If you're unsure of when to put scripts in a script module vs. writing the script directly in an event handler, follow this simple rule: If you ever find yourself copying a script from one event handler to another, stop and refactor the script into a global script module! Then simply call your new module from the event handler. This rule will help prevent code duplication across your project, a major maintenance liability.
To add a script module, simply right click the Script Library [project] package and click the New Script option. Each module is a python script that may define many functions. You may also organize modules in subpackages if you'd like. Lets suppose you added a script module named
myfuncs, whose body was:
def callMe(message): system.gui.messageBox(message)
Now, anywhere in your project you can call this function:
Frequently in Ignition, your scripts get
system library (the built-in library package in Ignition) and shared and project libraries imported for you automatically. However,
Subsequent versions of Ignition beyond version 7 no longer need import system every time you create a new scope. However versions prior to version 7 still require an import system every time a system associated function is called inside a function. Ignition versions prior to version 7 still need the import system when system functions are called inside functions. Regardless, typing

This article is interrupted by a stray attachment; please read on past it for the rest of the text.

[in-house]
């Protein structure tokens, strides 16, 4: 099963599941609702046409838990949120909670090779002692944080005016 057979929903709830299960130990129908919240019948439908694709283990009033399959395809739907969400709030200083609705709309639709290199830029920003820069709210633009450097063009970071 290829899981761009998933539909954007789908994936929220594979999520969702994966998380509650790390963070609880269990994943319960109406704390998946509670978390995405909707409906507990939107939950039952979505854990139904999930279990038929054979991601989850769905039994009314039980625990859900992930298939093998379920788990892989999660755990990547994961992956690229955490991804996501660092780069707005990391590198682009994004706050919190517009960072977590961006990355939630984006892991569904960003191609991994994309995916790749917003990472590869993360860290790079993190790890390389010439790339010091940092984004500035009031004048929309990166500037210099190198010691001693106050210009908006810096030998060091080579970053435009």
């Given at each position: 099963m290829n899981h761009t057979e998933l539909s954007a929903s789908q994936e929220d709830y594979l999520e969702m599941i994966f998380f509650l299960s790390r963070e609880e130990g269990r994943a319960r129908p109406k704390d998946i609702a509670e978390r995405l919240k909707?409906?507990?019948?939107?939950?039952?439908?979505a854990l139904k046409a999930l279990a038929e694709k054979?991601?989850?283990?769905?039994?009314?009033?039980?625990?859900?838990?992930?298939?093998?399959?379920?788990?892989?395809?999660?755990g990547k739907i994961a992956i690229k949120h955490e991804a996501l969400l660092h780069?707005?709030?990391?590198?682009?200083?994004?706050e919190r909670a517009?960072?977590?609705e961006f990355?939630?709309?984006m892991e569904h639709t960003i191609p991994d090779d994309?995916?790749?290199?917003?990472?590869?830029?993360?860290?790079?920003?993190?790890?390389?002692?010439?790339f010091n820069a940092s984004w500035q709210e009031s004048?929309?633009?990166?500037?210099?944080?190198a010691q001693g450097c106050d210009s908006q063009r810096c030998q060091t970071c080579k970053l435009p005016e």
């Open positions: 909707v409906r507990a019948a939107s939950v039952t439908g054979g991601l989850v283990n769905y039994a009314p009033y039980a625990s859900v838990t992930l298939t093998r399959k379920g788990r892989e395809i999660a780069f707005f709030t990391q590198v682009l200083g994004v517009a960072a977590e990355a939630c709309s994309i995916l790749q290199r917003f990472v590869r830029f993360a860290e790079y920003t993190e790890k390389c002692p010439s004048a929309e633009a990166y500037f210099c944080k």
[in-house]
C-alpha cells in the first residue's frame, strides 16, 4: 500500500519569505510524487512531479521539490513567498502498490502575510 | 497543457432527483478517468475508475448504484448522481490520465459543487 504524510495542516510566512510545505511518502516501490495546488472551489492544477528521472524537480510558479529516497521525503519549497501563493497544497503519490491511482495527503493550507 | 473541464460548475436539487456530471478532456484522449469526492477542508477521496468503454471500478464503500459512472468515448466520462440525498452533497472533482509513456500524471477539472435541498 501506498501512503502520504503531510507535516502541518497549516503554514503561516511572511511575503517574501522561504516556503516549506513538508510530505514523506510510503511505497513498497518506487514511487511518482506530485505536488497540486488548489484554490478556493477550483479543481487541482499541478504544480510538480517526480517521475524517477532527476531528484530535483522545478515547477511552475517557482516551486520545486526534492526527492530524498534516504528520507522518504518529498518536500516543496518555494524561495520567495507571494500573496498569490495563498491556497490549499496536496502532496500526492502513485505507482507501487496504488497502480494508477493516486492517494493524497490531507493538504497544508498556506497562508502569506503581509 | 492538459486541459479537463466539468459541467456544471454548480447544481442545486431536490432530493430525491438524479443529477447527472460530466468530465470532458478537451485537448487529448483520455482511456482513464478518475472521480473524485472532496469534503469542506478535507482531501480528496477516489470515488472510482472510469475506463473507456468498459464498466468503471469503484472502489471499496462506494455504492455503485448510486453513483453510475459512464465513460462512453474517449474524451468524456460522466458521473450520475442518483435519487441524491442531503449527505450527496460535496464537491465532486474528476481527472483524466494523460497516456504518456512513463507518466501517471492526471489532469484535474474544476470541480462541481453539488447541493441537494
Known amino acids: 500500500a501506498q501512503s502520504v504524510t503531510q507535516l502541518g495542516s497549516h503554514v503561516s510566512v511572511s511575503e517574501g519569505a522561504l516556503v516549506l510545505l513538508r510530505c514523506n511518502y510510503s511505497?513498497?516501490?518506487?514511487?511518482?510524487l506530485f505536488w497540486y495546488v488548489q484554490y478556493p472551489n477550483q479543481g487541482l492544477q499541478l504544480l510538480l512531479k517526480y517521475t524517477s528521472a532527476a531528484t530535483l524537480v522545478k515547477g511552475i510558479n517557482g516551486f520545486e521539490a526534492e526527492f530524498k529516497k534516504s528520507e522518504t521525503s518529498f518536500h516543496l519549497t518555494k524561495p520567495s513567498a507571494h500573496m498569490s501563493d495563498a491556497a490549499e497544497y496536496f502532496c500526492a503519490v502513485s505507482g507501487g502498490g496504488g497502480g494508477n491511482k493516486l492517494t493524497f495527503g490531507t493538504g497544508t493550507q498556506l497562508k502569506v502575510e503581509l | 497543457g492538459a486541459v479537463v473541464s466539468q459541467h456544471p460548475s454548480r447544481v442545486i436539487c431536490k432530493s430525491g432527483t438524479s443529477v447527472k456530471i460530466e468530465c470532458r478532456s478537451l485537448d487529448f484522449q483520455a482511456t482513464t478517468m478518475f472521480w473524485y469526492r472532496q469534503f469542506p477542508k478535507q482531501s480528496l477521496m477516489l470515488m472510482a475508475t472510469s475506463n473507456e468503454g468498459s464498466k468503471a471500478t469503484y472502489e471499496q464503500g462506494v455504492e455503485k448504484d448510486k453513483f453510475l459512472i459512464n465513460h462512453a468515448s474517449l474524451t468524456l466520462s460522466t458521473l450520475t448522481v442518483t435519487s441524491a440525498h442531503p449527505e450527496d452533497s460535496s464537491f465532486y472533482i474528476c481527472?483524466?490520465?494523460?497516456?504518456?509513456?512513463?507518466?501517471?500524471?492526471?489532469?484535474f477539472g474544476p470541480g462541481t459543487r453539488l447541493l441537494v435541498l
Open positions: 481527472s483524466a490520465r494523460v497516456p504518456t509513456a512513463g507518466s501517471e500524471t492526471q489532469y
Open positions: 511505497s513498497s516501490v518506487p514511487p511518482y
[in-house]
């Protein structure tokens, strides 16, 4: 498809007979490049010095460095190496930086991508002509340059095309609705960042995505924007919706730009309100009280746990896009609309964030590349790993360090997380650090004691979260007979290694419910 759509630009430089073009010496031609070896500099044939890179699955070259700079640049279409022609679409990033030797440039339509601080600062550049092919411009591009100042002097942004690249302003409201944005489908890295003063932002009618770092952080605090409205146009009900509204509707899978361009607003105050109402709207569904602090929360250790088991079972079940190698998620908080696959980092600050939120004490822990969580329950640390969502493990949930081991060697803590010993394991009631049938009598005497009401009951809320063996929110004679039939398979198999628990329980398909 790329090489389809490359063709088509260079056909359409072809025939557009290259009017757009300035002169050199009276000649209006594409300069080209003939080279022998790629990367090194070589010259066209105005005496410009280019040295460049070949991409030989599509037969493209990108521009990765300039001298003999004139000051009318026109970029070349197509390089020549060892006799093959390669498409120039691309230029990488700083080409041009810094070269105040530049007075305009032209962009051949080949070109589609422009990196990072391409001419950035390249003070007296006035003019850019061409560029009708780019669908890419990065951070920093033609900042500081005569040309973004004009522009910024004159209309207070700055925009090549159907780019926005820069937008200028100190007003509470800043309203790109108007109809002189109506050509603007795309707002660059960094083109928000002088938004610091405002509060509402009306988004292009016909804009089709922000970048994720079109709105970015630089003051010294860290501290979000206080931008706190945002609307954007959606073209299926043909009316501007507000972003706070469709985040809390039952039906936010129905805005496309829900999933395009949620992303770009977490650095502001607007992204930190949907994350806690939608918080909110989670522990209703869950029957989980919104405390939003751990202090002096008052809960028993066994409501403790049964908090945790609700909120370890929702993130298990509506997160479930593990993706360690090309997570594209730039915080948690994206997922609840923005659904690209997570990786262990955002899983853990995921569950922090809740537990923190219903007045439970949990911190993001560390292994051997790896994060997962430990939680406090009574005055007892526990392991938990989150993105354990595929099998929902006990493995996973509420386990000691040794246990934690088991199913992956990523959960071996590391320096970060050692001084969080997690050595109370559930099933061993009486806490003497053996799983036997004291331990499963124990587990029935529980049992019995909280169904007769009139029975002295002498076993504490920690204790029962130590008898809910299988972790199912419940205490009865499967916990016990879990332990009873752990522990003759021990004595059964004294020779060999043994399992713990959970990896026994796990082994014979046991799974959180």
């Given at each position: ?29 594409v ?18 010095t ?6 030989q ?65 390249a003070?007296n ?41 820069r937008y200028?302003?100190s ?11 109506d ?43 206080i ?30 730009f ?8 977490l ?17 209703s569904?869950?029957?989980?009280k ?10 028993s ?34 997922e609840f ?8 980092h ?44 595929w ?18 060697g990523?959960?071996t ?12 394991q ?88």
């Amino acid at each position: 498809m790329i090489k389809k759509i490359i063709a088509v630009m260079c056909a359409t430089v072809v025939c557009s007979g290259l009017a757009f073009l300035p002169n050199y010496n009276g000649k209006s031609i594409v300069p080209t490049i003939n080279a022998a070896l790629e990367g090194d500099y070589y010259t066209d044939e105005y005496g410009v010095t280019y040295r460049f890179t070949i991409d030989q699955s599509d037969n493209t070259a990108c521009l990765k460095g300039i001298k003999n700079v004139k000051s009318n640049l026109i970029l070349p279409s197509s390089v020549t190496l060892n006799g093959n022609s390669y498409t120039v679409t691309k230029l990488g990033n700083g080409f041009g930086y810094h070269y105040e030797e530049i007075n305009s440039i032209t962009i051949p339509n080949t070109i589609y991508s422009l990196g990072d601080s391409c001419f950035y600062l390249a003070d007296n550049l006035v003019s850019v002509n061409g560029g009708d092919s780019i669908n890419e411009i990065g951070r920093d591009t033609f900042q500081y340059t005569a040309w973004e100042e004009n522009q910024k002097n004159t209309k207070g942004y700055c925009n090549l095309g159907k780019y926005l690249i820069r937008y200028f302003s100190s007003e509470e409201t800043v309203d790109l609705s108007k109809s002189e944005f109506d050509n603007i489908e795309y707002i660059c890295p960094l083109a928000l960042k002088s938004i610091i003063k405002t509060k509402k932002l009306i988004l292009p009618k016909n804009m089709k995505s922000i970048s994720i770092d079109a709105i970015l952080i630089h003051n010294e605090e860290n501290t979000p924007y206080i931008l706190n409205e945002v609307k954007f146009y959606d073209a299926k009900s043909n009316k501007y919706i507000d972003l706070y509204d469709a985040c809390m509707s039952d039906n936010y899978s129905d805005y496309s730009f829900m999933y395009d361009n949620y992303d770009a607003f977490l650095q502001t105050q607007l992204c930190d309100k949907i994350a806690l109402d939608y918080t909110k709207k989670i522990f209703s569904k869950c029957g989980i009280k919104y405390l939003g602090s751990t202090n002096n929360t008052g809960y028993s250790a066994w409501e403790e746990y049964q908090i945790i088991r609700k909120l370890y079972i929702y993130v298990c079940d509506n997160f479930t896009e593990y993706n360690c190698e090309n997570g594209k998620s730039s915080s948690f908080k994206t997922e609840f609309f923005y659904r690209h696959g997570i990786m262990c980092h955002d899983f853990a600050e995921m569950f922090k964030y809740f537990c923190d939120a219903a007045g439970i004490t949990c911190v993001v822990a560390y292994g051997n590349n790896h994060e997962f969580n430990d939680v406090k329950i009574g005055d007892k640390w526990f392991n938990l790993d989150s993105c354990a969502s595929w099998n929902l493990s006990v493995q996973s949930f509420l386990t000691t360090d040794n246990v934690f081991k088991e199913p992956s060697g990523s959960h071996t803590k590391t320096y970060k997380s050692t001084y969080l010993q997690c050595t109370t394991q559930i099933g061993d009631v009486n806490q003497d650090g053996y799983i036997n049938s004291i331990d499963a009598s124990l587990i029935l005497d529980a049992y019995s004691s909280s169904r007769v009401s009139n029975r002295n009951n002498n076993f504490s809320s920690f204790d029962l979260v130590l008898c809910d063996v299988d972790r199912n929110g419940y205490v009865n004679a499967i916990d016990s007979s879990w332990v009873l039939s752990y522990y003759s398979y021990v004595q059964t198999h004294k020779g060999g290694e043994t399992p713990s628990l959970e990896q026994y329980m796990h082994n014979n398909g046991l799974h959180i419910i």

import system in any version of Ignition will result in the system library being available for use inside the function.
Consider the following function that would calculate OEE:
def caclulateOEE(lineNum): paths = ["[default]Metrics/Line_%f/Quality" % lineNum, "[default]Metrics/Line_%f/Availability" % lineNum, "[default]Metrics/Line_%f/Performance" % lineNum] values = system.tag.readAll(paths) #Get your Q, A, and P quality = values.value availability = values.value performance = values.value #calculate OEE oee = quality * availability * performance #Write back to our OEE tag. system.tag.write("[default]Metrics/Line_%f/OEE" % lineNum, oee)
This could be defined as a Shared Script:
This could then be called from a script by calling shared.LibraryName.FuncitonName():